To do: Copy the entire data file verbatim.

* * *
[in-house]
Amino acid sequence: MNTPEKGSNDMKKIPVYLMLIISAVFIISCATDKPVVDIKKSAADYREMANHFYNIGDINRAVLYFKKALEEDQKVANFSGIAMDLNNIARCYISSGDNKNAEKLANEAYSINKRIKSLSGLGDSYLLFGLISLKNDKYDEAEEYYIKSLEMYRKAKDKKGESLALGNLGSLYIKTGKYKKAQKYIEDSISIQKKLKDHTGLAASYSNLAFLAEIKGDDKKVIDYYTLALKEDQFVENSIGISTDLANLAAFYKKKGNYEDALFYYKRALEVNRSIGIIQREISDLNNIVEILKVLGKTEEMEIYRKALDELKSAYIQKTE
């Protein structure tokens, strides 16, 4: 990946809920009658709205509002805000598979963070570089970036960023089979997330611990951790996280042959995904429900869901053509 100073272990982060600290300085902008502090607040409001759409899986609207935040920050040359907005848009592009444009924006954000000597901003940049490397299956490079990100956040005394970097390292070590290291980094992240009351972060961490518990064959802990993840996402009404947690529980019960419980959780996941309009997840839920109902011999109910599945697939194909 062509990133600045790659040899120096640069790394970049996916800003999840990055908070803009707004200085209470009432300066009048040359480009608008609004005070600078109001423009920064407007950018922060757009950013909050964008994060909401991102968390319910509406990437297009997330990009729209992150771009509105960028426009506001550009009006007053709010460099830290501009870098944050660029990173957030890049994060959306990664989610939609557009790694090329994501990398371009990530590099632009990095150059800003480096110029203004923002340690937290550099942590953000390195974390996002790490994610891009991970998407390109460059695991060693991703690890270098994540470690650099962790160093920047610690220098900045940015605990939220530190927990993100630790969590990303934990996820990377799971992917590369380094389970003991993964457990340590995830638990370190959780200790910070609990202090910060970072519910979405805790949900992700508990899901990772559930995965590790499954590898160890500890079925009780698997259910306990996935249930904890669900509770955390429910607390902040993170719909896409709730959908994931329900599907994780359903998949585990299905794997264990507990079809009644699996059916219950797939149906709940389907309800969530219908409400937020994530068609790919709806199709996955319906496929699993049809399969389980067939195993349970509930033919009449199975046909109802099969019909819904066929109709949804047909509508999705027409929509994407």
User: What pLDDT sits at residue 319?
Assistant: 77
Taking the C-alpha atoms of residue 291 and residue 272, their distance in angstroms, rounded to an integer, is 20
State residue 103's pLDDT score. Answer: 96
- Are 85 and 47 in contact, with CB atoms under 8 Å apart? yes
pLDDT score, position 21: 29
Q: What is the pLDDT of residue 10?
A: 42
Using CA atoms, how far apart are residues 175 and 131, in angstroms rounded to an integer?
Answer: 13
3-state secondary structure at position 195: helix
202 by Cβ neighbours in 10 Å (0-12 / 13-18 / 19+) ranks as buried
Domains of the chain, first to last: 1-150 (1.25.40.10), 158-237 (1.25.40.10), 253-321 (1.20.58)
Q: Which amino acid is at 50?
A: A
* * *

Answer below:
[in-house]
Amino acid sequence: MNTPEKGSNDMKKIPVYLMLIISAVFIISCATDKPVVDIKKSAADYREMANHFYNIGDINRAVLYFKKALEEDQKVANFSGIAMDLNNIARCYISSGDNKNAEKLANEAYSINKRIKSLSGLGDSYLLFGLISLKNDKYDEAEEYYIKSLEMYRKAKDKKGESLALGNLGSLYIKTGKYKKAQKYIEDSISIQKKLKDHTGLAASYSNLAFLAEIKGDDKKVIDYYTLALKEDQFVENSIGISTDLANLAAFYKKKGNYEDALFYYKRALEVNRSIGIIQREISDLNNIVEILKVLGKTEEMEIYRKALDELKSAYIQKTE
């Protein structure tokens, strides 16, 4: 990946809920009658709205509002805000598979963070570089970036960023089979997330611990951790996280042959995904429900869901053509 100073272990982060600290300085902008502090607040409001759409899986609207935040920050040359907005848009592009444009924006954000000597901003940049490397299956490079990100956040005394970097390292070590290291980094992240009351972060961490518990064959802990993840996402009404947690529980019960419980959780996941309009997840839920109902011999109910599945697939194909 062509990133600045790659040899120096640069790394970049996916800003999840990055908070803009707004200085209470009432300066009048040359480009608008609004005070600078109001423009920064407007950018922060757009950013909050964008994060909401991102968390319910509406990437297009997330990009729209992150771009509105960028426009506001550009009006007053709010460099830290501009870098944050660029990173957030890049994060959306990664989610939609557009790694090329994501990398371009990530590099632009990095150059800003480096110029203004923002340690937290550099942590953000390195974390996002790490994610891009991970998407390109460059695991060693991703690890270098994540470690650099962790160093920047610690220098900045940015605990939220530190927990993100630790969590990303934990996820990377799971992917590369380094389970003991993964457990340590995830638990370190959780200790910070609990202090910060970072519910979405805790949900992700508990899901990772559930995965590790499954590898160890500890079925009780698997259910306990996935249930904890669900509770955390429910607390902040993170719909896409709730959908994931329900599907994780359903998949585990299905794997264990507990079809009644699996059916219950797939149906709940389907309800969530219908409400937020994530068609790919709806199709996955319906496929699993049809399969389980067939195993349970509930033919009449199975046909109802099969019909819904066929109709949804047909509508999705027409929509994407």
User: What pLDDT sits at residue 319?
Assistant: 77
Taking the C-alpha atoms of residue 291 and residue 272, their distance in angstroms, rounded to an integer, is 20
State residue 103's pLDDT score. Answer: 96
- Are 85 and 47 in contact, with CB atoms under 8 Å apart? yes
pLDDT score, position 21: 29
Q: What is the pLDDT of residue 10?
A: 42
Using CA atoms, how far apart are residues 175 and 131, in angstroms rounded to an integer?
Answer: 13
3-state secondary structure at position 195: helix
202 by Cβ neighbours in 10 Å (0-12 / 13-18 / 19+) ranks as buried
Domains of the chain, first to last: 1-150 (1.25.40.10), 158-237 (1.25.40.10), 253-321 (1.20.58)
Q: Which amino acid is at 50?
A: A